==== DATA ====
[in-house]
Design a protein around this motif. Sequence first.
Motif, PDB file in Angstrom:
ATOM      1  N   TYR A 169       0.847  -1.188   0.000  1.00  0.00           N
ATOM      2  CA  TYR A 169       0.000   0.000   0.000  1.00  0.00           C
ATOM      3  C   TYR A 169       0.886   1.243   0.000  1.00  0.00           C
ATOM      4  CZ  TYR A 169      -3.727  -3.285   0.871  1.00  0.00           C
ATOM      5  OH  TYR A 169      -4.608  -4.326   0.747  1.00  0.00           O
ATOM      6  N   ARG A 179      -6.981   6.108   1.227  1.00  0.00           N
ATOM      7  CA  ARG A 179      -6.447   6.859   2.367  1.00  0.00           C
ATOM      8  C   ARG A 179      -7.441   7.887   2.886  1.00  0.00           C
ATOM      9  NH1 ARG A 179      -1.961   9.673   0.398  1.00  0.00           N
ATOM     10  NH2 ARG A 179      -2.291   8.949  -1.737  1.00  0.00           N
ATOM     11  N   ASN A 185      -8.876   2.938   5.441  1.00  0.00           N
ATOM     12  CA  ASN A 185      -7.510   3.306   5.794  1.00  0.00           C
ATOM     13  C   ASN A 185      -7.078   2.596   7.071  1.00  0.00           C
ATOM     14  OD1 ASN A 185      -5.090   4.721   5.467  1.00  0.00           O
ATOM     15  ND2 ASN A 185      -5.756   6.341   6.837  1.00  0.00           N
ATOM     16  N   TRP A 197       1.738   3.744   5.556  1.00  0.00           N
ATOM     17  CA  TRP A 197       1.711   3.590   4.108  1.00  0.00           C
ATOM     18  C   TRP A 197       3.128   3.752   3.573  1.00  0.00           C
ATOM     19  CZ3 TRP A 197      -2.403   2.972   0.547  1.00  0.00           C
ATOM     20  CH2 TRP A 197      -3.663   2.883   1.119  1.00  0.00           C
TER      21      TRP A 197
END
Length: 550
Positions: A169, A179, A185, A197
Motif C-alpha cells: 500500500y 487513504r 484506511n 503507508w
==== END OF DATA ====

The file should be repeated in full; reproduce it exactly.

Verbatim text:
[in-house]
Design a protein around this motif. Sequence first.
Motif, PDB file in Angstrom:
ATOM      1  N   TYR A 169       0.847  -1.188   0.000  1.00  0.00           N
ATOM      2  CA  TYR A 169       0.000   0.000   0.000  1.00  0.00           C
ATOM      3  C   TYR A 169       0.886   1.243   0.000  1.00  0.00           C
ATOM      4  CZ  TYR A 169      -3.727  -3.285   0.871  1.00  0.00           C
ATOM      5  OH  TYR A 169      -4.608  -4.326   0.747  1.00  0.00           O
ATOM      6  N   ARG A 179      -6.981   6.108   1.227  1.00  0.00           N
ATOM      7  CA  ARG A 179      -6.447   6.859   2.367  1.00  0.00           C
ATOM      8  C   ARG A 179      -7.441   7.887   2.886  1.00  0.00           C
ATOM      9  NH1 ARG A 179      -1.961   9.673   0.398  1.00  0.00           N
ATOM     10  NH2 ARG A 179      -2.291   8.949  -1.737  1.00  0.00           N
ATOM     11  N   ASN A 185      -8.876   2.938   5.441  1.00  0.00           N
ATOM     12  CA  ASN A 185      -7.510   3.306   5.794  1.00  0.00           C
ATOM     13  C   ASN A 185      -7.078   2.596   7.071  1.00  0.00           C
ATOM     14  OD1 ASN A 185      -5.090   4.721   5.467  1.00  0.00           O
ATOM     15  ND2 ASN A 185      -5.756   6.341   6.837  1.00  0.00           N
ATOM     16  N   TRP A 197       1.738   3.744   5.556  1.00  0.00           N
ATOM     17  CA  TRP A 197       1.711   3.590   4.108  1.00  0.00           C
ATOM     18  C   TRP A 197       3.128   3.752   3.573  1.00  0.00           C
ATOM     19  CZ3 TRP A 197      -2.403   2.972   0.547  1.00  0.00           C
ATOM     20  CH2 TRP A 197      -3.663   2.883   1.119  1.00  0.00           C
TER      21      TRP A 197
END
Length: 550
Positions: A169, A179, A185, A197
Motif C-alpha cells: 500500500y 487513504r 484506511n 503507508w